Friday, August 3, 2012

Market Week Wrap-Up

Promise of Future Accommodation and US Payrolls Send Markets Higher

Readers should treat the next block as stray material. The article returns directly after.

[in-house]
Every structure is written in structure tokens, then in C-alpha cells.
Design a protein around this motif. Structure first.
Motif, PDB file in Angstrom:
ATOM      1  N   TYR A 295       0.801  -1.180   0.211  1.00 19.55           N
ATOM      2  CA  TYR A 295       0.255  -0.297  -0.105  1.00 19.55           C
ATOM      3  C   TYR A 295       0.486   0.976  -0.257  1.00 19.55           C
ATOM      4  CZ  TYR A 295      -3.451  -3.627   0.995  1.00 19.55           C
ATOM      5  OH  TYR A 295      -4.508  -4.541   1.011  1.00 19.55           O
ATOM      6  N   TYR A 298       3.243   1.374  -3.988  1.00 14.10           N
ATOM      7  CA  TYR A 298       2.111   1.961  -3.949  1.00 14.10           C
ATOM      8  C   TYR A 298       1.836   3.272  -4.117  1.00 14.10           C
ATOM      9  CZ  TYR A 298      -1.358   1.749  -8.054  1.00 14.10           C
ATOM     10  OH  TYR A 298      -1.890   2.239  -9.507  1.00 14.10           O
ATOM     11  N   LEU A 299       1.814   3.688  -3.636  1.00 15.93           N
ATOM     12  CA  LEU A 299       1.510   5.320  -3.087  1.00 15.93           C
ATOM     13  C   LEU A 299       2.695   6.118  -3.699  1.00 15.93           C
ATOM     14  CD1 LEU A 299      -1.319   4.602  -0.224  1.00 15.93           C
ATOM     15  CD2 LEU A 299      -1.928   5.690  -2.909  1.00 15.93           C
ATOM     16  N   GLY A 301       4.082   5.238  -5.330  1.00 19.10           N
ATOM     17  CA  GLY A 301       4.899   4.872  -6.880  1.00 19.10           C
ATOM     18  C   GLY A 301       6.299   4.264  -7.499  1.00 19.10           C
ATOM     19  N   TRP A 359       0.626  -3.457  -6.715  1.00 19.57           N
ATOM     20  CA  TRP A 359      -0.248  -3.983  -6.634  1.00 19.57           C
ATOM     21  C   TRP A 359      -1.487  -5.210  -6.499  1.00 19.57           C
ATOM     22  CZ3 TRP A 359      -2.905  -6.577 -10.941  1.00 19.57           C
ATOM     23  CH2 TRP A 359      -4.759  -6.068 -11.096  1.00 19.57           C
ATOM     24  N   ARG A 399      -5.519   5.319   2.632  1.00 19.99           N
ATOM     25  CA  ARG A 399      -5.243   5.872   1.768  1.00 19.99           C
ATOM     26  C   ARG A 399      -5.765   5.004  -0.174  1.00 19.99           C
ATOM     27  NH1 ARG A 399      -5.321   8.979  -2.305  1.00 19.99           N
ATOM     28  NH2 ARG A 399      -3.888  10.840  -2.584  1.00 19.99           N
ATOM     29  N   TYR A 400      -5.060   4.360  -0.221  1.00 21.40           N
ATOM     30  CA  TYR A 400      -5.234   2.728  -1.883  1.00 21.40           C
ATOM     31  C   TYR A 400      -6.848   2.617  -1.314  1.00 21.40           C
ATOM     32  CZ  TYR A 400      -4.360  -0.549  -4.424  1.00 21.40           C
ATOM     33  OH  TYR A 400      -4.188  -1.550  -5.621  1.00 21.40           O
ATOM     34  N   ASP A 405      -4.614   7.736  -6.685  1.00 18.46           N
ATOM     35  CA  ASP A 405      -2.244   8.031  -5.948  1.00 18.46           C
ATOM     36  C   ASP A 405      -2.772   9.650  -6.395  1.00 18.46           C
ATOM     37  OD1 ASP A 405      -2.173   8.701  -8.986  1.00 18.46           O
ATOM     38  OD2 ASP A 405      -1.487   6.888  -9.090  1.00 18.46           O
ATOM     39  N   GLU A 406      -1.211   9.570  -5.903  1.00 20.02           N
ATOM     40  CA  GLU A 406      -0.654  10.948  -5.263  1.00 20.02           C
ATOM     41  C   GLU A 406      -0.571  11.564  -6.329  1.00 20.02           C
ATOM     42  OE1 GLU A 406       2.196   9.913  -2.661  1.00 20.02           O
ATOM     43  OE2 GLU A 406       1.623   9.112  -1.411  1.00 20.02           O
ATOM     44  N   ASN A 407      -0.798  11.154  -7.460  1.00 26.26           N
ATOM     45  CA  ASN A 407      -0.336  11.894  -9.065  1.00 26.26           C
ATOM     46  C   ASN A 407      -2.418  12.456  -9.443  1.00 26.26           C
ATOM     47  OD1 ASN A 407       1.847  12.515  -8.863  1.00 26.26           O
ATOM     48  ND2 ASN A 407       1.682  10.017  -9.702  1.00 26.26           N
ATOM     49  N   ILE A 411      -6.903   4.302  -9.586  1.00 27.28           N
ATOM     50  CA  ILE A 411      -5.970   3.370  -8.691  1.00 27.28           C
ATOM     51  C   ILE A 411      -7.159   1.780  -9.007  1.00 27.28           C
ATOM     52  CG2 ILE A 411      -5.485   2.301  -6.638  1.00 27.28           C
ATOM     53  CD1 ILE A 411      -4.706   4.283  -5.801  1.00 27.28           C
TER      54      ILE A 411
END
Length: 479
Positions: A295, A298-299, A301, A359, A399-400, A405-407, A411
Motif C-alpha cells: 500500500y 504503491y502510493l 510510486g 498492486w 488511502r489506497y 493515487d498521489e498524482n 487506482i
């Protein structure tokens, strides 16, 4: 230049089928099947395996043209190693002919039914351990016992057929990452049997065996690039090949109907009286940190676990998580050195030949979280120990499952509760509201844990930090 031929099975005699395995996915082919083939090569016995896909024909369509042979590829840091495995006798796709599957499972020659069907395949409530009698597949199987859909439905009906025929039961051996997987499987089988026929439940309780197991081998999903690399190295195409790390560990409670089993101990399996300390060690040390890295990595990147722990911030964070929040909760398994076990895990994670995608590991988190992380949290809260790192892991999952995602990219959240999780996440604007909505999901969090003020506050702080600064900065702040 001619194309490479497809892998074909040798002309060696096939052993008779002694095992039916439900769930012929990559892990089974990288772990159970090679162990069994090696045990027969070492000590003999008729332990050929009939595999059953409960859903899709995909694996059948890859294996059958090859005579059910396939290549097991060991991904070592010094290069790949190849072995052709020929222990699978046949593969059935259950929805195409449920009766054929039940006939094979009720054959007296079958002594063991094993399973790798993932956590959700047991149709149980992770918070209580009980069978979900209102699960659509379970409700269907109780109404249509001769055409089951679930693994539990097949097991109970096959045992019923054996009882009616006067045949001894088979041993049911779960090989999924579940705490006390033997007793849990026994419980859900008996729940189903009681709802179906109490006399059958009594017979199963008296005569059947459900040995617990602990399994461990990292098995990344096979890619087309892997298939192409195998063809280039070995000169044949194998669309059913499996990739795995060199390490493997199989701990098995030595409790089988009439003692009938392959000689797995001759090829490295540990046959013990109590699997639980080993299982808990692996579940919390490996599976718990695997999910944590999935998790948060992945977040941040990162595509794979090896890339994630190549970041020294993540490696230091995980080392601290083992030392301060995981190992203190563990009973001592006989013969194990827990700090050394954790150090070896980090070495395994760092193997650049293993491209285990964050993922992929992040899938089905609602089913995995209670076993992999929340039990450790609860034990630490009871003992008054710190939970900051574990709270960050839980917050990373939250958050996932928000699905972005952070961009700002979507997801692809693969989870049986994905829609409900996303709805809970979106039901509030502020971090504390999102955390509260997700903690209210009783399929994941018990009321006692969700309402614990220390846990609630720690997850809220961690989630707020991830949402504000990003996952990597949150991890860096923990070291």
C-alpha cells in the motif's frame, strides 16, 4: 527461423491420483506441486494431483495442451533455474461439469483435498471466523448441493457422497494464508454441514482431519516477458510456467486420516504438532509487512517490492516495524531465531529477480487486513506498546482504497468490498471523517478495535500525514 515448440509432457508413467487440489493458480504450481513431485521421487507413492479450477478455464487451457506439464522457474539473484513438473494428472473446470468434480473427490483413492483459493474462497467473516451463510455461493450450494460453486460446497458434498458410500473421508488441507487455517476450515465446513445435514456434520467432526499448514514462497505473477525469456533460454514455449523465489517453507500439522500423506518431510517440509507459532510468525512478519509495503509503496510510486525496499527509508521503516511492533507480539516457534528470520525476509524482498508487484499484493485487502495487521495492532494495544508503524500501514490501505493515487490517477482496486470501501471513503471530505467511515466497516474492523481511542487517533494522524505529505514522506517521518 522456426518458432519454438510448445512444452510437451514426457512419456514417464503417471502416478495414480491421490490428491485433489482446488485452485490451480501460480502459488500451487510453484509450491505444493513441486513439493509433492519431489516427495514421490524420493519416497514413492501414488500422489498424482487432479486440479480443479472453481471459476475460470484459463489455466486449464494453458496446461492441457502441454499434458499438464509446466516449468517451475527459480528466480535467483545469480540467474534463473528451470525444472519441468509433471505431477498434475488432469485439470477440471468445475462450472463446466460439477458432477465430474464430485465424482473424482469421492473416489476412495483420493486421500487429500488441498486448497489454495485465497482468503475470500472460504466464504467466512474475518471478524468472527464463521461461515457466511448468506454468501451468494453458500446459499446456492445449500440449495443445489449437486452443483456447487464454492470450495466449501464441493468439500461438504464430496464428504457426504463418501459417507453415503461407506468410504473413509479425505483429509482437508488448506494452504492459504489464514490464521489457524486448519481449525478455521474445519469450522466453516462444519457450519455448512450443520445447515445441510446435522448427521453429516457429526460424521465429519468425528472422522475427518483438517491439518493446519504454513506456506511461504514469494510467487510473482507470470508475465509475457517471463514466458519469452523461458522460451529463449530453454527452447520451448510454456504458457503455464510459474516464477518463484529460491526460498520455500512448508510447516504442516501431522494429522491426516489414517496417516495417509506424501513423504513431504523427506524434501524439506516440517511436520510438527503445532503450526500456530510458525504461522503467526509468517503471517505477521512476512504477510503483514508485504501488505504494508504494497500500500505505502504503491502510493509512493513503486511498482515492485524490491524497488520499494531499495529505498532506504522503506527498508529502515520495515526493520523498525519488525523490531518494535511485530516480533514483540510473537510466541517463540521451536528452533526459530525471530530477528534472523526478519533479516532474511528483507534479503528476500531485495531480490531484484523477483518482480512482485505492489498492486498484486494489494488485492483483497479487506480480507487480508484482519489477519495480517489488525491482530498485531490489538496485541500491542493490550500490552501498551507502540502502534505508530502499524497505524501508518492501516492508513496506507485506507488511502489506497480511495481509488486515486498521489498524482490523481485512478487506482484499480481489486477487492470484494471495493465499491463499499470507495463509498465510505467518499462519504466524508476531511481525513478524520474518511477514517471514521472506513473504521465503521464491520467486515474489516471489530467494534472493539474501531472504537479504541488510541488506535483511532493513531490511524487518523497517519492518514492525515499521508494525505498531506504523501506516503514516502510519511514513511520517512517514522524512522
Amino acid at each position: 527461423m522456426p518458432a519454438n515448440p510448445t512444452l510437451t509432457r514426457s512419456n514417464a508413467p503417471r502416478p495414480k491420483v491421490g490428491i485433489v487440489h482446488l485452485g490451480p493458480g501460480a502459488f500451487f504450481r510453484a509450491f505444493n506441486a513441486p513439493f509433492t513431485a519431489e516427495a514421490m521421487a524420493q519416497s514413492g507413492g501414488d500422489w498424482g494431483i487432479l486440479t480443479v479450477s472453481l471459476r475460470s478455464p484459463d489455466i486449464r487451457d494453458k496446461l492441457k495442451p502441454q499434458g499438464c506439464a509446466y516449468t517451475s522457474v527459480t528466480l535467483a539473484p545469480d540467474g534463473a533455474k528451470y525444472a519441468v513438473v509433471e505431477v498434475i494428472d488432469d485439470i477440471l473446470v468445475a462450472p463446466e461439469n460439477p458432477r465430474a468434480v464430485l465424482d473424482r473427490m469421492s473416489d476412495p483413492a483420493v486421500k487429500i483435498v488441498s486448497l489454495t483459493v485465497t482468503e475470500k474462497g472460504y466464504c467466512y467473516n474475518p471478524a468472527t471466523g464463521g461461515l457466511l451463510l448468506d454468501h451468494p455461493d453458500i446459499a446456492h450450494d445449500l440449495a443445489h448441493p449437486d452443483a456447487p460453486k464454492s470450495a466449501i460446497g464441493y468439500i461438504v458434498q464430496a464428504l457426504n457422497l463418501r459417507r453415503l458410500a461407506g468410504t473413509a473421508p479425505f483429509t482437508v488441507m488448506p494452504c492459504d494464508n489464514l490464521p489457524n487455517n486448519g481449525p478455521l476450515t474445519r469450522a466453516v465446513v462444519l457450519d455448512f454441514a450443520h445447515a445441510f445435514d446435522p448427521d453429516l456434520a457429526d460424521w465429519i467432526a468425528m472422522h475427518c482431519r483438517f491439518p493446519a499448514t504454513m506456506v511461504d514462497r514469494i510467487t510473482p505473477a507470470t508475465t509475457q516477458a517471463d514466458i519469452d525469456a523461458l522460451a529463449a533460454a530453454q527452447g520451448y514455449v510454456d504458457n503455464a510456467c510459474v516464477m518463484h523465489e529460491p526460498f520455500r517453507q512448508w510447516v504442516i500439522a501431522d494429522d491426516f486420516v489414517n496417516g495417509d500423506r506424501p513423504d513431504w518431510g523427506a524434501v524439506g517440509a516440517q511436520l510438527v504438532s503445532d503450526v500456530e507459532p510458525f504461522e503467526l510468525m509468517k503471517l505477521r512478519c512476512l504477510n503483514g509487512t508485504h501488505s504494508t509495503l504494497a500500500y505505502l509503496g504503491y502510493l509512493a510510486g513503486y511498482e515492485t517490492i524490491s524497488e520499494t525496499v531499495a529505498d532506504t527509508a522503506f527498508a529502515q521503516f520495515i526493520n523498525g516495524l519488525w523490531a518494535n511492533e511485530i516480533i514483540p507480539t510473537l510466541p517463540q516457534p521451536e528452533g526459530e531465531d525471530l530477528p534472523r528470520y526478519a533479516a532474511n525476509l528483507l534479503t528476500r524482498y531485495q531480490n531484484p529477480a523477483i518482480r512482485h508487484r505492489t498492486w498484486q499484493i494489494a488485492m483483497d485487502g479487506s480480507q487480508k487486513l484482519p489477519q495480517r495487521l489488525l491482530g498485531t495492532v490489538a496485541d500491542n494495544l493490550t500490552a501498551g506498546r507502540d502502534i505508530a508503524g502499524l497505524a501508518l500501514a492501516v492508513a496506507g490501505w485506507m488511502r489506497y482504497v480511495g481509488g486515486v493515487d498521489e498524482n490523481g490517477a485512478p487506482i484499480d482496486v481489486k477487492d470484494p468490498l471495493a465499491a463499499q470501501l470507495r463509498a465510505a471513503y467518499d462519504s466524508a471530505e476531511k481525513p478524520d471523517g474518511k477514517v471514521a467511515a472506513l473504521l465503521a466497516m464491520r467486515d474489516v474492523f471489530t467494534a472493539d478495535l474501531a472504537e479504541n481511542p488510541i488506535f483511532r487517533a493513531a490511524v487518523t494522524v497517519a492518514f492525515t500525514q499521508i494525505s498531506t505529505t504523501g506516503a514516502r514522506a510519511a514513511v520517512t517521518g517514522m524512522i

- Trading was subdued in the front half of the week as investors awaited the Fed decision on Wednesday afternoon and the ECB decision on Thursday morning. Markets had great hopes for more easing out of each institution, with many saying that the Fed was bound to respond to deteriorating economic conditions and the ECB could not avoid further bond buying to cap Spanish and Italian yields, especially after ECB Chief Draghi's strong words in London late last week. Neither decision offered much in the way of satisfaction. The Fed tweaked the language of its statement to lean a little more toward future action, but sat on its hands. The ECB did not launch another round of bond buying and didn't cut rates further, however Draghi's comments were not easy to dismiss. He stated that the ECB could launch a bond buying program in the future but it has not decided to do so as of yet, and in any case it would not move to buy bonds unless individual euro zone governments asked the EFSF/ESM bailout funds for help first. Equities traded off in the aftermath of both decisions, with US and European indices marking their weekly lows after Draghi concluded his remarks. Indices recouped all their losses on Friday as markets reconsidered the import of Draghi's words and were also helped by the relatively good US July employment report. Nonfarm payrolls snapped three straight months of sub-100K gains, though unemployment ticked up one-tenth to 8.3%. Knight Capital's algorithm meltdown on Wednesday left the company gravely wounded and seeking a white knight, though markets shook off the incident that brought back memories of the "Flash Crash." The snap back rally in equities on Friday erased the losses experienced in the first four days of the week: On the week the DJIA rose 0.2%, the S&P500 gained 0.4%, and the Nasdaq was up 0.3%.